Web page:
COVAX: No one is safe until everyone is safe

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Sally Ng
By Sally Ng

A PRP who loves trying new things and aspires to travel the world one day.

News update: Malaysia will join the COVID-19 Vaccine Global Access (COVAX) facility together with 172 countries to obtain vaccine supplies when it becomes available. Besides, Malaysia is also preparing agreement to participate Coalition for Epidemic & Preparedness Innovations (CEPI) and government to government agreement with China. The Ministry of Health Malaysia have signed non-disclosure agreement with several international pharmaceutical companies with COVID-19 vaccines at phase 3 of clinical trials to discuss on their supply when approved. Joining COVAX, agreement with other countries and direct dealing with pharmaceutical companies are to ensure our country able to secure sufficient amount of vaccines in fast and affordable manner when the vaccines are proven to be safe and effective. See media release from Ministry of Science, Technology and Innovation.

Image credits: biocentury.com

What is COVAX?

COVAX is the vaccine pillar of the Access to COVID-19 Tools (ACT) Accelerator which aims to accelerate the development, production and fair and equitable access to COVID-19 vaccines to every corner of the world. Co-led by GAVI, CEPI and World Health Organisation, target of 2 billion doses of safe and effective COVID-19 vaccines (once available) are to be manufactured quickly and fairly allocated to all participating countries regardless of country income by the end of the year 2021.

Why do we need COVAX?

Without it, vast majority of the global population will continue to be at risk or infected with SARS-CoV-2 even when there is available vaccine against it due to insufficient funding to procure the vaccines by the poorer countries. Thus, COVID-19 will continue to be a global threat as no one is safe until everyone is safe.

Some countries may have bilateral agreements with individual manufacturer to secure vaccine supplies directly however this is very risky as the probability of success for any vaccine is low. Hence, joining COVAX acts as an insurance policy. For countries that do not have bilateral agreements, COVAX provides reliable supply of safe and effective vaccine.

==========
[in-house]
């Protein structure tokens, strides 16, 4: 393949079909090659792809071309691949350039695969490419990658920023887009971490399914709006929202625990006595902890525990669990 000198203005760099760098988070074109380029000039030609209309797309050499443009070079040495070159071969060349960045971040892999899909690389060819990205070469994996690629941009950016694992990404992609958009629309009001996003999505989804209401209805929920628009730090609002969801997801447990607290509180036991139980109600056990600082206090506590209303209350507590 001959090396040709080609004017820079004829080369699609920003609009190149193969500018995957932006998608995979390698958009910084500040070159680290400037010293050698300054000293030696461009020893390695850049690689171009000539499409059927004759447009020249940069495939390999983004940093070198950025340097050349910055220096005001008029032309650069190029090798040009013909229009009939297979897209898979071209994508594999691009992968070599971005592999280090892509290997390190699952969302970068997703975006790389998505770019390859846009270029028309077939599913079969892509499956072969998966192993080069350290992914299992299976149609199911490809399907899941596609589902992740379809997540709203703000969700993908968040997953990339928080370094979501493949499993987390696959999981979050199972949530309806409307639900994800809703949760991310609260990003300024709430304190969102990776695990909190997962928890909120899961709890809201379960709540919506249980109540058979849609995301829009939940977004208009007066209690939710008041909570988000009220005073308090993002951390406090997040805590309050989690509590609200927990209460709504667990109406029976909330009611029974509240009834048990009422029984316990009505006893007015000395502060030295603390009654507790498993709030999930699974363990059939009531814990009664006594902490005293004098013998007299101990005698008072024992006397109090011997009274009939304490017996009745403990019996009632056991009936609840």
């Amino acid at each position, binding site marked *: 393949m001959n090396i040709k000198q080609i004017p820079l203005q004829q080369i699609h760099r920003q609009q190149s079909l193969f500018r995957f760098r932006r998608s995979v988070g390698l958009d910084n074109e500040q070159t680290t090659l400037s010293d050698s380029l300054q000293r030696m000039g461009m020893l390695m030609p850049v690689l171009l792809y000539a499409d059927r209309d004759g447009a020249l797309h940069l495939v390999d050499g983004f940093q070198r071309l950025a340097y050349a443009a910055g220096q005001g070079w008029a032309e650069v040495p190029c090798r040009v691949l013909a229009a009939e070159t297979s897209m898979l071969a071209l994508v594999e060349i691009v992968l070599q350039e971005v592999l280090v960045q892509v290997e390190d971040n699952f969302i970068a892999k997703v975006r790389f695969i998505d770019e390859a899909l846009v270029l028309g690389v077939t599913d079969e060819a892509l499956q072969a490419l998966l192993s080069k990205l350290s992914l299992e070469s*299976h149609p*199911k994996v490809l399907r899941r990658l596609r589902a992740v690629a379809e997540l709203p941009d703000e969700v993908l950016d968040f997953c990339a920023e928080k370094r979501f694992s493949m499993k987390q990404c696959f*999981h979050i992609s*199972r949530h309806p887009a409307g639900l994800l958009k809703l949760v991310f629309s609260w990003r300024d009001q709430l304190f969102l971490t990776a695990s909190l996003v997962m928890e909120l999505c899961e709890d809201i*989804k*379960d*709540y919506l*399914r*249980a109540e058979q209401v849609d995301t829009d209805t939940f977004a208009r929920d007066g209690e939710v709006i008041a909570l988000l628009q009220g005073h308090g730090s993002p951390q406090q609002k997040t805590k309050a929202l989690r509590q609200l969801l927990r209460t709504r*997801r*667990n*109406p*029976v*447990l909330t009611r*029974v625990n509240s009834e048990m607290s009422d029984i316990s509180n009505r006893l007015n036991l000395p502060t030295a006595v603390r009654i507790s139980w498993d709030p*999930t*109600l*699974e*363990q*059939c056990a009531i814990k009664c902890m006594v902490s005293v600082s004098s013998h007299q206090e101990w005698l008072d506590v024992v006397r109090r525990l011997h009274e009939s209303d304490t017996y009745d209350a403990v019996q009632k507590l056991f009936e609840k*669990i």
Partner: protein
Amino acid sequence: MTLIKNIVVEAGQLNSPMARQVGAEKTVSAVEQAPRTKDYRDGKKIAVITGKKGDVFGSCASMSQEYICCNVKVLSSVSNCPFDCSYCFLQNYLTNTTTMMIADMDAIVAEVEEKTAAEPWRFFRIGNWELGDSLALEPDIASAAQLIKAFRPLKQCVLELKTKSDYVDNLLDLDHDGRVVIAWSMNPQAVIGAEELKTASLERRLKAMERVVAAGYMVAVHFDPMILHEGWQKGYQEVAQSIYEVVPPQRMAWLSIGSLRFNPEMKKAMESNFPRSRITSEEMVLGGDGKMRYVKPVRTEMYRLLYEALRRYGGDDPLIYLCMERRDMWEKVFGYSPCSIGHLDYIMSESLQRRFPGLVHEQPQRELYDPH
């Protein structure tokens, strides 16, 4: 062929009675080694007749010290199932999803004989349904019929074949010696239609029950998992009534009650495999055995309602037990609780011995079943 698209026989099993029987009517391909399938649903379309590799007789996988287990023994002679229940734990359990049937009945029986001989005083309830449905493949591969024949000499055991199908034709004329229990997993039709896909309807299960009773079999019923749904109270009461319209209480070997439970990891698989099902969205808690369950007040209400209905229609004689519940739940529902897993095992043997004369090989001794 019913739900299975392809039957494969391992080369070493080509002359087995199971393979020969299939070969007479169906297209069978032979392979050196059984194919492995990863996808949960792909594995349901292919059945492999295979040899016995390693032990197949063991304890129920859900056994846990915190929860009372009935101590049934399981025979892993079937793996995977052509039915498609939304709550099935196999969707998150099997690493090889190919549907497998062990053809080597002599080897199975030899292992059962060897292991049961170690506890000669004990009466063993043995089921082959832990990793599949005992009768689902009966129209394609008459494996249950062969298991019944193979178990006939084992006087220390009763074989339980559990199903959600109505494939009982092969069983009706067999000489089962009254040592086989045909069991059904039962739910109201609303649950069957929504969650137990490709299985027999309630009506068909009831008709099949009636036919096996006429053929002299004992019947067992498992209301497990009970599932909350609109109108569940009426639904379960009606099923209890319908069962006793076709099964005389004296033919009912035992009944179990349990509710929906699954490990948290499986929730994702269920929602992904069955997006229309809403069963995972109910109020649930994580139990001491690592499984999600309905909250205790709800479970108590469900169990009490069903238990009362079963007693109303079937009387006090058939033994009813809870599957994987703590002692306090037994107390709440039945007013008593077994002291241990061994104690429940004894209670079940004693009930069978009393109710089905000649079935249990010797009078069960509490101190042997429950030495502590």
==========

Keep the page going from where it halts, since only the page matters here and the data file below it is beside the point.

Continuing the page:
The COVAX facility – the advantages

COVAX offers extracted from Gavi.org

As a global procurement for COVID-19 vaccines, countries participating either as self-funding or GAVI-COVAX supported governments able to benefit from a large portfolio of 9 CEPI-supported COVAX candidate vaccines (as below) with another 9 candidate vaccines under evaluation for inclusion.

When available, first round of vaccinations for at least 20% of the country population prioritizing the healthcare frontliners, elderly and vulnerable will be supplied as soon as possible aiming to end the acute phase of pandemic and rebuild the economy.

For pharmaceutical companies and manufacturers, this large pool procurement creates security of high worldwide-demand, risk-sharing and provide incentives to expand their R&D, clinical trials and manufacturing to market their vaccines faster and at large volumes. The highest possible volume of vaccine procurement also benefits both manufacturers and participating governments as prices of vaccines are negotiated at the most economically efficient price with appropriate returns to the manufacturers.

Ultimate goal of COVAX: Equitable access to COVID-19 vaccine when available

Conclusion

It’s great news that the Malaysian government has decided to join COVAX, ensuring that we are not left behind when the vaccine becomes available and proven to be safe and effective. In our case, COVAX acts an insurance policy since the government also have signed agreements with other countries and pharmaceutical companies. Overall, the COVAX initiative is definitely praise-worthy to ensure every country particularly, the poor countries not being left in the dust by avoiding global bidding frenzy for COVID-19 vaccines. Truly, beating COVID-19 is a global effort and not a race with wealthy countries emerging as winners.

Image credits: amplifier.org

Reference

1. COVAX Explained from https://www.gavi.org/vaccineswork/covax-explained

2. COVAX: Working for global equitable access to COVID-19 vaccines from https://www.who.int/initiatives/act-accelerator/covax

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